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Viruses in Space!

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Viruses in Space!

Kosei Dohi, Astronomy Blogger

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Over the course of hundreds of years, extraterrestrial life has been a baffling concept for people. Within the pockets of space, trillions and trillions of stars are scattered throughout clusters of galaxies. Approximately 40 billion of these stars have Earth-like planets that orbit stars very similar to our own sun. With over 40 billion Earth-like planets, we expect to see hundreds of Death Stars blasting stars throughout space, yet we rarely see glimpses of life even on Mars. This begs the question, where are the aliens?

With the current technology, it is almost impossible to see an up-close image of a planet. Instead, astronomers observe light curve of stars to detect if a planet passes across the parent-star. If a planet exists orbiting a star, small dips would be shown in the light curve of the star, almost like a lunar eclipse when the moon passes through the sun’s light.

Even though astronomers are able to detect planets, it is almost impossible to detect life on these planets. The closest astronomers got to predicting life on other planets was the creation of the Drake Equation, which is an equation that predicts the likeliness of life throughout the universe. Other than that, astronomers have had a hard time finding life for hundreds of years. Because the search for extraterrestrial life is in high demand, astronomers are becoming eager to find other methods to detect alien life.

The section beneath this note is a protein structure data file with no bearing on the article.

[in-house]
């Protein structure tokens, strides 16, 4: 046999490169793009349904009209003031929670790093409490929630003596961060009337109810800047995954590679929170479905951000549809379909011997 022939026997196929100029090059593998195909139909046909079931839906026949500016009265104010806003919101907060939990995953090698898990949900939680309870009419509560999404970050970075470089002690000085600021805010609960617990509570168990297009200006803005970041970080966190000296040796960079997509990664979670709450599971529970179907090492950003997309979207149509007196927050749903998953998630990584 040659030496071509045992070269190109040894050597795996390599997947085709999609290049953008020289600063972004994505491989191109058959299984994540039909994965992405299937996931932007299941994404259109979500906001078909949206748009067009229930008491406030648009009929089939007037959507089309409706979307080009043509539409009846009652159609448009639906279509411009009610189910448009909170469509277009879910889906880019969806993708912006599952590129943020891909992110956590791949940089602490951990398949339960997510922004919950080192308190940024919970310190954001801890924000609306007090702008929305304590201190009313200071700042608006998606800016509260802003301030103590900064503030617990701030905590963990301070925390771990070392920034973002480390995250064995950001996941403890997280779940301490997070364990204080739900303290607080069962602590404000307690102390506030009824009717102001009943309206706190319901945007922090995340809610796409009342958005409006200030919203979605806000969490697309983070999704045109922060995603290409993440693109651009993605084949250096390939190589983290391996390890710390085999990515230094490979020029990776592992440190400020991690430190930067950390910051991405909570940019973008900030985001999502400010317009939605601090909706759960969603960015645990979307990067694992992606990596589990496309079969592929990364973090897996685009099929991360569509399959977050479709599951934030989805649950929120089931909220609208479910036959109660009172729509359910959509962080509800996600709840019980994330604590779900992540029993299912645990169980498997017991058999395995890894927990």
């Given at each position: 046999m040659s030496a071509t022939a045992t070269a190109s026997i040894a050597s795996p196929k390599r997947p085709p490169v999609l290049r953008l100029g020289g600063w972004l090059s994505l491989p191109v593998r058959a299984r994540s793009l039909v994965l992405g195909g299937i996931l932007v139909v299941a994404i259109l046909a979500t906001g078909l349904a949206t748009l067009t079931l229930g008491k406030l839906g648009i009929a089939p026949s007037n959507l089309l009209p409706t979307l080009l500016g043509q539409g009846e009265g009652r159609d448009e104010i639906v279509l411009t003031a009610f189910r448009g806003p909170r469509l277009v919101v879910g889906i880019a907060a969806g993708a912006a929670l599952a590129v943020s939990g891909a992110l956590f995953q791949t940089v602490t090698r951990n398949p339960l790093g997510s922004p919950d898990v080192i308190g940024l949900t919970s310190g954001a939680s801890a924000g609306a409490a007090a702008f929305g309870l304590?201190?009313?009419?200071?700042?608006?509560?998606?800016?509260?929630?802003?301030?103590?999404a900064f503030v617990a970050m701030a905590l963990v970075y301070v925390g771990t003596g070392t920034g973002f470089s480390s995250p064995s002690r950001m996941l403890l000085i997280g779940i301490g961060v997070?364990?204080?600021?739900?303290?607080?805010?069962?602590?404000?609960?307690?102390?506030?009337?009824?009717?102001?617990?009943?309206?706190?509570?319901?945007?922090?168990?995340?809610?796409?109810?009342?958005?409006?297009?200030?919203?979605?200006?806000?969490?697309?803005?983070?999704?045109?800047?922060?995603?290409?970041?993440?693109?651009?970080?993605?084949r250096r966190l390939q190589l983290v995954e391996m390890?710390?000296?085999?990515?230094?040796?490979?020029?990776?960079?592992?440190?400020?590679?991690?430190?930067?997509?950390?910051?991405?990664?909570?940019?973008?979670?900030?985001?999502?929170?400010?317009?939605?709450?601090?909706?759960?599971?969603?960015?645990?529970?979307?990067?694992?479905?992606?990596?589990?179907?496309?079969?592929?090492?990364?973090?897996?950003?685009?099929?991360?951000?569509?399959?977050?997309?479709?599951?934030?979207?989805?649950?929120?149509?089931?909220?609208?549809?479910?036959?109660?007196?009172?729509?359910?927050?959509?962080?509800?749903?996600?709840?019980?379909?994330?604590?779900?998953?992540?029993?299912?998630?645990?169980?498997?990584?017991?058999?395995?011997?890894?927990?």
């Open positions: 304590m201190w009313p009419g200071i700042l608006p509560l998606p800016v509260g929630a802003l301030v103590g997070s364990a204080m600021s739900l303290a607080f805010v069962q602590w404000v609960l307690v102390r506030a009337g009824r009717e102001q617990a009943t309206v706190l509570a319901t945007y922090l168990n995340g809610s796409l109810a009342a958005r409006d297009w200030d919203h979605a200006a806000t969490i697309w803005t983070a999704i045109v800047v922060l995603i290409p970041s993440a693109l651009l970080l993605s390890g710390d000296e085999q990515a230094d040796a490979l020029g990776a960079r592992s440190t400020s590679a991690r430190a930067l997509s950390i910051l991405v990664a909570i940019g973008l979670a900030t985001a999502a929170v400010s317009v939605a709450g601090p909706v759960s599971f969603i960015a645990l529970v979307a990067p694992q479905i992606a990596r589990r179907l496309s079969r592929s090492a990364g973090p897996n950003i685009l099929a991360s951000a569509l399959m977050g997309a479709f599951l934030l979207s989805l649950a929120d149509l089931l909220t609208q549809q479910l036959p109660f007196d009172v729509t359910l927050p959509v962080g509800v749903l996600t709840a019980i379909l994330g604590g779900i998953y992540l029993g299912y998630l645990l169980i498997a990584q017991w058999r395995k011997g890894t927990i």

Perhaps astronomers were thinking too narrow-mindedly. Finding UFOs or galactic structures seems “ideal” when finding life in outer space, but life doesn’t necessarily mean complex life. It might be a better idea to start off small and search for simple life in outer space, such as viruses and bacteria. It may not be something you imagine when you think of “aliens,” but it’s definitely something astronomer should look for. Ken Stedman, a professor of Astrobiology from Portland State University, claims that it’s time to start broadening our view of outer space.

How exactly do we search for microscopic organisms in outer space? The only idea, for now, is to go to nearby planets and moons to observe these organisms through microscopes. Some ideas for colonization are Europa, an icy moon of Jupiter; Titan, a moon of Saturn, and Mars. With technology improving and human ambition growing, the discovery of alien life might be in our hands in a few years.

 

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About the Writer
Kosei Dohi, Astronomy Blogger

Kosei Dohi ('21) is the Astronomy Blogger for The Echo. He is interested in astronomy and likes to play soccer in his free time. His favorite subject is...

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Viruses in Space!